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How to choose the best water-efficient products for your bathroom

Aussies can save around $2 billion by 2030 - an average saving of $175 per household annually, by getting smarter on water use.

Using water more efficiently in your bathroom is a great way to help the planet and cut your utility bills, with some of the biggest water users around the home being showers, taps and toilets.

Putting it in perspective, it’s estimated that Aussies can save around $2 billion by 2030 - an average saving of $175 per household, annually, just by getting smarter on water use.

With that in mind, here's some simple and easy upgrades to conserve water in your bathroom, and what you can look for in products to help check their efficiency when you’re thinking about your next bathroom build, renovation or update.

Water-efficiency ratings

As a starting point, your best bet to ensure you’re using water-efficient products is to check the WELS rating on items like showers, dishwashers, washing machines, toilets and taps. The government’s WELS scheme rates products for its water efficiency, it was set up to make it easier for consumers to improve the sustainability of their homes. It’s a simple star-based system, so as a general guide, choosing products with the highest number of stars on the label will give you the best results, whether you’re doing a build, renovation, or update to your bathroom.  


On specific products, showers make up almost 22% of the average household water use, making it one of the best places to reduce your water use. The type of showerhead makes a big difference here. Water-saving showerheads work by restricting water flow and have come a long way from early versions on performance.

The potential water savings are huge. While the average showerhead can use 15-25L of water per minute, a more efficient showerhead uses as little as 6L per minute. Putting it in perspective, a 3-star shower at 9L/min will save 70kL and $210 each year on water bills, while a 4-star shower at 6L/min will save 105kL and a whopping $315 annually.

If you don't want to change your showerhead for design or style reasons don’t worry, you can install a flow restrictor instead. Alternately, there’s also the option of adding a shower timer, which can help reduce the time spent showering by keeping a tab on how long you're taking.

Remember, spending less time in the shower saves water and money, with spending just two minutes less showering each day allows you to save over $30 per person per year.


Taps are another big water user in the bathroom so using low-flow taps, which work by mixing air into the water-flow, can lead to significant savings. Also known as 'aerators', these types of taps give the feel of a high flow rate with only half the water.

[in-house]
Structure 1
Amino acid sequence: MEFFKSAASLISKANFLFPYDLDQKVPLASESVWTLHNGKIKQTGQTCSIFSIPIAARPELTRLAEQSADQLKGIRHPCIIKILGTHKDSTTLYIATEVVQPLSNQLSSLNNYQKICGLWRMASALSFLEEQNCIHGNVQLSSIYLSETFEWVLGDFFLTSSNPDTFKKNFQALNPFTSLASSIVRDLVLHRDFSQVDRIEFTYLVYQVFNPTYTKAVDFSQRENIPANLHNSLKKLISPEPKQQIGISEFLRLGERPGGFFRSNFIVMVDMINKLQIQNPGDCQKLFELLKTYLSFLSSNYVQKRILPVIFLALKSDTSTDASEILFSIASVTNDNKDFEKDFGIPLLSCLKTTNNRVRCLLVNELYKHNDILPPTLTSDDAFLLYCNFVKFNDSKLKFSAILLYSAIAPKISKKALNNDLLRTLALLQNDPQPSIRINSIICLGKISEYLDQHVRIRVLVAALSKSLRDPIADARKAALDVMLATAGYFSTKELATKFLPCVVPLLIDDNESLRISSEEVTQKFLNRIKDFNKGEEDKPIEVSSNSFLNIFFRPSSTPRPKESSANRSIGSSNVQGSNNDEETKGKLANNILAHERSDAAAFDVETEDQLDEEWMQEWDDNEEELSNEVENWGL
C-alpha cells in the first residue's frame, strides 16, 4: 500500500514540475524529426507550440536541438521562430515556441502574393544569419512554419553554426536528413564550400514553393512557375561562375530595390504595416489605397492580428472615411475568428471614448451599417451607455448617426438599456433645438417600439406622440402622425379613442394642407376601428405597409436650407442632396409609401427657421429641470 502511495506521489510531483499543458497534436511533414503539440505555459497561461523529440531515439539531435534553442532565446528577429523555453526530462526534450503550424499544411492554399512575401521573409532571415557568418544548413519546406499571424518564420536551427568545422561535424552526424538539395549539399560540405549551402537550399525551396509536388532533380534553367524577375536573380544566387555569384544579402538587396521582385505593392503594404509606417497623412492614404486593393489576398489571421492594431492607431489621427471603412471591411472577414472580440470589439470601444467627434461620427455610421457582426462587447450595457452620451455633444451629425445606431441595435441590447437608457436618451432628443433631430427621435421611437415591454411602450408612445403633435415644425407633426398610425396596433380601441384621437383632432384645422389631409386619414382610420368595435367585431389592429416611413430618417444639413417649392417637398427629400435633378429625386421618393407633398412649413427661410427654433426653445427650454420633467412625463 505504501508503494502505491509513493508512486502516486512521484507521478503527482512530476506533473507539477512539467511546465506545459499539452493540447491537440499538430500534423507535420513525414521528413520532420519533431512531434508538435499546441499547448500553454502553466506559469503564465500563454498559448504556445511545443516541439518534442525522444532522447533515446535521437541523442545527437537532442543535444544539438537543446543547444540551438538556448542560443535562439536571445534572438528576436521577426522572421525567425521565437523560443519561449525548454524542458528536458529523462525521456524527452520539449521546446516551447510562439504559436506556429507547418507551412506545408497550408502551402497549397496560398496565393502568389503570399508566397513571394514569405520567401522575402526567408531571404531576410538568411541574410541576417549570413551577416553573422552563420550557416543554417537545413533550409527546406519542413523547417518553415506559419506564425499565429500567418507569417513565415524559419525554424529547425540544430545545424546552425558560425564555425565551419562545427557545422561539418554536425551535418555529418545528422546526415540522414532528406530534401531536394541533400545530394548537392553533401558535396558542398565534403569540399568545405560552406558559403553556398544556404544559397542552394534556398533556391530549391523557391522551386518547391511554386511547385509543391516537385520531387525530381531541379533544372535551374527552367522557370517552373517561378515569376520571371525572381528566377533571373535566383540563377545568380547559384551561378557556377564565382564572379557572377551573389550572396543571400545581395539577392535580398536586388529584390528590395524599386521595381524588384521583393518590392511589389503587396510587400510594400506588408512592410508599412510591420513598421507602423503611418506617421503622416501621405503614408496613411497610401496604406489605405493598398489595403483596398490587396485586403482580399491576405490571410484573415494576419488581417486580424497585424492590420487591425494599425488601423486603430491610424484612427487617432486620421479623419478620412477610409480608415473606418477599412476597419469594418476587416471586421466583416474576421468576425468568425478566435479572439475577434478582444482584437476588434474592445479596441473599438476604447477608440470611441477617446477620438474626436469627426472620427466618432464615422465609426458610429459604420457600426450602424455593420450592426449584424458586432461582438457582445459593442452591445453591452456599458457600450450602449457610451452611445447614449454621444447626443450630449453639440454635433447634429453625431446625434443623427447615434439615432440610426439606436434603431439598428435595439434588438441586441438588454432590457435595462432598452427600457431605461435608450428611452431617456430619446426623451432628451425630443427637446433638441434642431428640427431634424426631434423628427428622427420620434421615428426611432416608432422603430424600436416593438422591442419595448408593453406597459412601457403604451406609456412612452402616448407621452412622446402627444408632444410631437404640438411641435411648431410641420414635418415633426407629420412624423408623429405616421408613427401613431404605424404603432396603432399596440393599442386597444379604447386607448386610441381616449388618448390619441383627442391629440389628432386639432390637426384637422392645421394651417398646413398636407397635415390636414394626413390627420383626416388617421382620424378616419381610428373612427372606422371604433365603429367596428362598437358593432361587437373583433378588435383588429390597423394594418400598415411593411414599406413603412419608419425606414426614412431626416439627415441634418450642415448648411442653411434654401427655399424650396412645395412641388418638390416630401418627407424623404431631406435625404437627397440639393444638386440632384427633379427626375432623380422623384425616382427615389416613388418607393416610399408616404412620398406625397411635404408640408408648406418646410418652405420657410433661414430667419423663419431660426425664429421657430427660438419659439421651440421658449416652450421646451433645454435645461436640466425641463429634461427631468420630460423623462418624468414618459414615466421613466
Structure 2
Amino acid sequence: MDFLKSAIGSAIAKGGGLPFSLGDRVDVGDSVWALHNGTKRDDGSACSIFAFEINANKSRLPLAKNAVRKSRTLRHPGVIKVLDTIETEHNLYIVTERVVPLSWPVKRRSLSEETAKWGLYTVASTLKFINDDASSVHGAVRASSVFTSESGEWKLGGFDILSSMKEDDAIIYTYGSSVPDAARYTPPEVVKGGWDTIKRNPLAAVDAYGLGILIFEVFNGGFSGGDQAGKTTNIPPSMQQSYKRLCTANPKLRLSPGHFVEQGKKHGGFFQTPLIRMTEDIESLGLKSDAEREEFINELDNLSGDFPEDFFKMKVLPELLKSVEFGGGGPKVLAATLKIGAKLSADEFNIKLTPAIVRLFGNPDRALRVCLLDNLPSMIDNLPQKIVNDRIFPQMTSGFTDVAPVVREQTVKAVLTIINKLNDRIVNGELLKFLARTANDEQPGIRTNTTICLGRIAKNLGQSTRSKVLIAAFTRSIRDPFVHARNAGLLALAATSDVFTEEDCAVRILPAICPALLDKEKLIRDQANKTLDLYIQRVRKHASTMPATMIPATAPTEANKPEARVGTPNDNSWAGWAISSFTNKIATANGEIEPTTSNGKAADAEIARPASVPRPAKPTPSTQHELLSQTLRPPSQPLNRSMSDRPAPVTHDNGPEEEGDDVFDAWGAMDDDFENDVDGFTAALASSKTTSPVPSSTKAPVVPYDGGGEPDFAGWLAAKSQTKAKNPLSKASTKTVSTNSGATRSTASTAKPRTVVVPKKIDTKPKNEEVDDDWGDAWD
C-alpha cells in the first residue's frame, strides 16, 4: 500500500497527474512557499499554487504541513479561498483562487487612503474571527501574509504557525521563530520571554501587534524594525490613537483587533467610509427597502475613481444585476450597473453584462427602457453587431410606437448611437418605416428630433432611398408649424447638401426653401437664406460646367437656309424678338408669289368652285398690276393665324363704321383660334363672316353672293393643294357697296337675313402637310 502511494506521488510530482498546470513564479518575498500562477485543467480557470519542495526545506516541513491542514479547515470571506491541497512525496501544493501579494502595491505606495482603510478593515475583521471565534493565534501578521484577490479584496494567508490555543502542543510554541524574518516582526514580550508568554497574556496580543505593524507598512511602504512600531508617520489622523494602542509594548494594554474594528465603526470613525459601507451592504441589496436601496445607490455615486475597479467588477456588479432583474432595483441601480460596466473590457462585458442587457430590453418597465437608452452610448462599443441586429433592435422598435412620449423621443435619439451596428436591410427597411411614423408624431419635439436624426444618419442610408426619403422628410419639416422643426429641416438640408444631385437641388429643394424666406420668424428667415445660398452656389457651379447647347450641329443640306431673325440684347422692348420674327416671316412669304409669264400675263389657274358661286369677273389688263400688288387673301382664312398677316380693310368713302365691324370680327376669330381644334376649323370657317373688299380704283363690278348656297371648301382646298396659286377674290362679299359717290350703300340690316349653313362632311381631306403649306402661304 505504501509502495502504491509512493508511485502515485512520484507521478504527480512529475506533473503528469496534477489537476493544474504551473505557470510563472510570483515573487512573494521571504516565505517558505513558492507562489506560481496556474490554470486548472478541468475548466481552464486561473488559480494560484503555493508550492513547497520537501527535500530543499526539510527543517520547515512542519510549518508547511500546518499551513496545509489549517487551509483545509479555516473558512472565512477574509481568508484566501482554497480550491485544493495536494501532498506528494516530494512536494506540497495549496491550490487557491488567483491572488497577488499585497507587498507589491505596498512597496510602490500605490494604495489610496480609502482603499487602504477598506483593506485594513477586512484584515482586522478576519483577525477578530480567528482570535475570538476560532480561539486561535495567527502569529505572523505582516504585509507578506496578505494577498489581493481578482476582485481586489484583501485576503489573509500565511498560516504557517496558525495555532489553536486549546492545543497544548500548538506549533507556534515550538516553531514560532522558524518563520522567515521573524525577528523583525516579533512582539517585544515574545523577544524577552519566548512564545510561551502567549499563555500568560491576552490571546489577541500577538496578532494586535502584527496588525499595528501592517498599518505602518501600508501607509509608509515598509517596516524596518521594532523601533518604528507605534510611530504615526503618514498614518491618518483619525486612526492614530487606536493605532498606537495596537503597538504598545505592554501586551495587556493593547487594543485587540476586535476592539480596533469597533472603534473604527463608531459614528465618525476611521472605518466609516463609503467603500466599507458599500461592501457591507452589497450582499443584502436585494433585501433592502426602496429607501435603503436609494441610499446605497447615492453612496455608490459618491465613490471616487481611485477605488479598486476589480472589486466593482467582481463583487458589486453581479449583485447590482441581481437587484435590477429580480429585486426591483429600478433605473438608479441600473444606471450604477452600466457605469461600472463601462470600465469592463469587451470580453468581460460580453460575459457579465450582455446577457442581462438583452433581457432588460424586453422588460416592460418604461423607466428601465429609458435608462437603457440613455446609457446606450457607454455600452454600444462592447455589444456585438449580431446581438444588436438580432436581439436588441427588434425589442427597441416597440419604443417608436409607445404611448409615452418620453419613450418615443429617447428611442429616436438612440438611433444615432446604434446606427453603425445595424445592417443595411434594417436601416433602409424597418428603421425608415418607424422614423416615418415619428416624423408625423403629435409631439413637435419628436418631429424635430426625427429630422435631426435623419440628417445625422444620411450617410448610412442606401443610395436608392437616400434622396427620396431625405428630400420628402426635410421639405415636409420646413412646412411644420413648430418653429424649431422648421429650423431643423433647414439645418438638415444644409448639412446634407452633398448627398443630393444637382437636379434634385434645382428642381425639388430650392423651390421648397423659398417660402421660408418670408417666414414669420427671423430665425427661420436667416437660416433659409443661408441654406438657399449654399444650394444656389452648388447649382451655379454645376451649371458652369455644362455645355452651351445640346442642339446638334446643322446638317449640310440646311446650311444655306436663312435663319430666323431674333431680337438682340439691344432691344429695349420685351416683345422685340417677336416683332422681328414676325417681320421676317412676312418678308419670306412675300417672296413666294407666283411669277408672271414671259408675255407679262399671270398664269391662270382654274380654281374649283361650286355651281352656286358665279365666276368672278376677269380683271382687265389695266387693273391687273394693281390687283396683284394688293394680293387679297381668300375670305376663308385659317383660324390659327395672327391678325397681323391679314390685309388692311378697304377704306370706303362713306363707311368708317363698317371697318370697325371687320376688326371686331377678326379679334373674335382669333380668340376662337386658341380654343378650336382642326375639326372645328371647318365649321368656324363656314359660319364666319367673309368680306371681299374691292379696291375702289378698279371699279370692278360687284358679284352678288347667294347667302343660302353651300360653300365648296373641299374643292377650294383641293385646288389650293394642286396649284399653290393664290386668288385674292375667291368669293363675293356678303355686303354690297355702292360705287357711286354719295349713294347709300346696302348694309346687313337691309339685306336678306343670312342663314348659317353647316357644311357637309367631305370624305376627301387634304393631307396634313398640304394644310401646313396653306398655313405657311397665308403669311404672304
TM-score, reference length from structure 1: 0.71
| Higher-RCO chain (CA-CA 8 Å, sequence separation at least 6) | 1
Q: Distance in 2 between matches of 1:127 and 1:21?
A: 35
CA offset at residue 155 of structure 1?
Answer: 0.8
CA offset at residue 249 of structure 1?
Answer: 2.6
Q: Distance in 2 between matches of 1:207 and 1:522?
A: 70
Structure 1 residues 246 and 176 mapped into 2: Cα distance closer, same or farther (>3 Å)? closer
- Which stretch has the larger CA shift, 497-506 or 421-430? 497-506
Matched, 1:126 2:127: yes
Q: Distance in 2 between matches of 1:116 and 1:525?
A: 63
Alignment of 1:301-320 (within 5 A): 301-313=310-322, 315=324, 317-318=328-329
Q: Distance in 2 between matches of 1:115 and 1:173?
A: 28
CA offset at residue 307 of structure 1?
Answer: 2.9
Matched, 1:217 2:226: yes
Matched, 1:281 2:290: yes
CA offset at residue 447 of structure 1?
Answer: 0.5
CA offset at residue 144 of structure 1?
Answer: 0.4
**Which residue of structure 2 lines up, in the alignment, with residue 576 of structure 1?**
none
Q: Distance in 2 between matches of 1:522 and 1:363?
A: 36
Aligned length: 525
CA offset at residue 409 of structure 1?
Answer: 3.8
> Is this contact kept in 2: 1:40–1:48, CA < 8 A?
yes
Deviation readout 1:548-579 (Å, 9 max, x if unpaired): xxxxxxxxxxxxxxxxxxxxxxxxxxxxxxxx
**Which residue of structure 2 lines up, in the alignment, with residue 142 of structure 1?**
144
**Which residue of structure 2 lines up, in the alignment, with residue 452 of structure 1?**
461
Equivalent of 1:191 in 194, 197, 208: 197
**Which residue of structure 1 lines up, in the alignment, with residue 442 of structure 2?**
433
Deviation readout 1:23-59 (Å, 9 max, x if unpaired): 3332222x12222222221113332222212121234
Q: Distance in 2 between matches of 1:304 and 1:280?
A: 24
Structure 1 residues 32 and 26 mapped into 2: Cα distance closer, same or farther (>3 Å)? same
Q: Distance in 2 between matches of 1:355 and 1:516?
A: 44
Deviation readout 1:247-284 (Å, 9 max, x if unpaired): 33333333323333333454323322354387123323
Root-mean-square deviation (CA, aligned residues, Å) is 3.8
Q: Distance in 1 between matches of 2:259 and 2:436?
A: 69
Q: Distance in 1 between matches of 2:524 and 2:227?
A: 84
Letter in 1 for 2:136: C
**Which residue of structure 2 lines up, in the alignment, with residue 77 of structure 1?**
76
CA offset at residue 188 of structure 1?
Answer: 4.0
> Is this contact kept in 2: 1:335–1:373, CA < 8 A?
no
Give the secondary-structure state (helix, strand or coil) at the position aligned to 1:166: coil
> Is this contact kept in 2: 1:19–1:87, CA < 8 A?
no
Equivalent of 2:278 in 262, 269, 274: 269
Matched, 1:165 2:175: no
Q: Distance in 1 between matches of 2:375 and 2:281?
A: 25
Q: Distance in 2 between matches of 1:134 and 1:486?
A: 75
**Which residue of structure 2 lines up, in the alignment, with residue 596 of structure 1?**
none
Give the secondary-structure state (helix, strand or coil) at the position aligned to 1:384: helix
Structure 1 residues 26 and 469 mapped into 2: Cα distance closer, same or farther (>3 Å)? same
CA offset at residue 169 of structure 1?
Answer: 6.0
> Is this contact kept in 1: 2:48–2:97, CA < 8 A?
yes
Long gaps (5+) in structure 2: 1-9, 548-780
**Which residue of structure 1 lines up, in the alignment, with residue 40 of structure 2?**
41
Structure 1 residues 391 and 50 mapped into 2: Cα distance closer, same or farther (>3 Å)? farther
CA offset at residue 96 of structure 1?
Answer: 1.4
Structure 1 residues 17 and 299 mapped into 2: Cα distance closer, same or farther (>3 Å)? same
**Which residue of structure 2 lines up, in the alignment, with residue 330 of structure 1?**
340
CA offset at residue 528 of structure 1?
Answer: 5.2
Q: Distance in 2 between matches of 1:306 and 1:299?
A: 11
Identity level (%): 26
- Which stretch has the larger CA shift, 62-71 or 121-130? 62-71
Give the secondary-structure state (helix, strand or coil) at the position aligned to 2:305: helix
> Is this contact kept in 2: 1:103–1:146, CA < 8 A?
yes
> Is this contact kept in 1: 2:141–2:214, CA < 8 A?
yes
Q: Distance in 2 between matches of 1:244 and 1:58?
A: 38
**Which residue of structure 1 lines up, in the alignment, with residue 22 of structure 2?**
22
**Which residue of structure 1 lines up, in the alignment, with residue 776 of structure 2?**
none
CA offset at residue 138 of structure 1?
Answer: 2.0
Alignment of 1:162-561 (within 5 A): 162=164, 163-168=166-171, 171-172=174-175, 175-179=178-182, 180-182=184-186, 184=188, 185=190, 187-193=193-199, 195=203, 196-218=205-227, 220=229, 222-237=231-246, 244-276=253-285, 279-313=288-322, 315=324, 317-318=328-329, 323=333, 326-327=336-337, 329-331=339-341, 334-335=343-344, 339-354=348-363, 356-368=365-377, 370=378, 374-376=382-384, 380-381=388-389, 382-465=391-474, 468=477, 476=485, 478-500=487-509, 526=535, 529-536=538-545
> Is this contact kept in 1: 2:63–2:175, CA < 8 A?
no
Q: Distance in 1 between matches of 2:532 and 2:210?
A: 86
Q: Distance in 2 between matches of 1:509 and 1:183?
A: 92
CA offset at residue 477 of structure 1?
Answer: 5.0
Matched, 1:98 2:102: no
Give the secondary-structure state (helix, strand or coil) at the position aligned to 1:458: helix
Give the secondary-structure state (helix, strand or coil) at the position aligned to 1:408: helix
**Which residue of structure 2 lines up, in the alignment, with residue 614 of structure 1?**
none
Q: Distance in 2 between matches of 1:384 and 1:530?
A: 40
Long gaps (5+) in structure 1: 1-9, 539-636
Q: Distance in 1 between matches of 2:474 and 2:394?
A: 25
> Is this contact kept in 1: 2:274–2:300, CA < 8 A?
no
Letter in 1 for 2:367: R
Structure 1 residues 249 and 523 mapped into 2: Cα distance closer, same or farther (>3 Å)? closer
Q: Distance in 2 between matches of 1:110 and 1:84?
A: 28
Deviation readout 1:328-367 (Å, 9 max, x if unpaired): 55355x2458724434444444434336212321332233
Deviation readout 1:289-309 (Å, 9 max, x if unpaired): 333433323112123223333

The good news is that this water-saving tech comes built into many new taps or can be retrofitted into older taps simply by screwing aerators onto the end of an outlet, making it even easier for you to make the switch to sustainable alternatives.

The savings can be quite staggering, with using low flow taps or aerators able to cut tap-water use from a standard 15-18L/min down to as little as 2L/min.


Another heavy water user in the household is the toilet. Make sure to look for a dual-flush toilet, with full-flush and half-flush options. Replacing a 12L single-flush toilet with a 4-star toilet in a household of four people will save more than 50L of water a year, and it could save you $148 on water bills.

If you can’t replace your single-flush toilet, get a tradie to change the flush volume, or if you want to do a little DIY you can put a 'water displacement device' like a plastic bottle filled with water in the cistern.

If you want to go to the next level, you could replace your conventional toilet with a waterless toilet. Waterless toilets - also known as composting toilets - work with minimal odour and little maintenance, while providing an added bonus of compost for the garden.

The results speak for themselves. By using more water-efficient products in your bathroom, it’s estimated the average Aussie household could save an average of $175 per year.

If you are looking to take advantage of these sustainable household upgrades we can help fund a range of products and services.

The information contained in this article is general in nature and does not take into account your personal situation. You should consider whether the information is appropriate to your needs and, where appropriate, seek professional advice.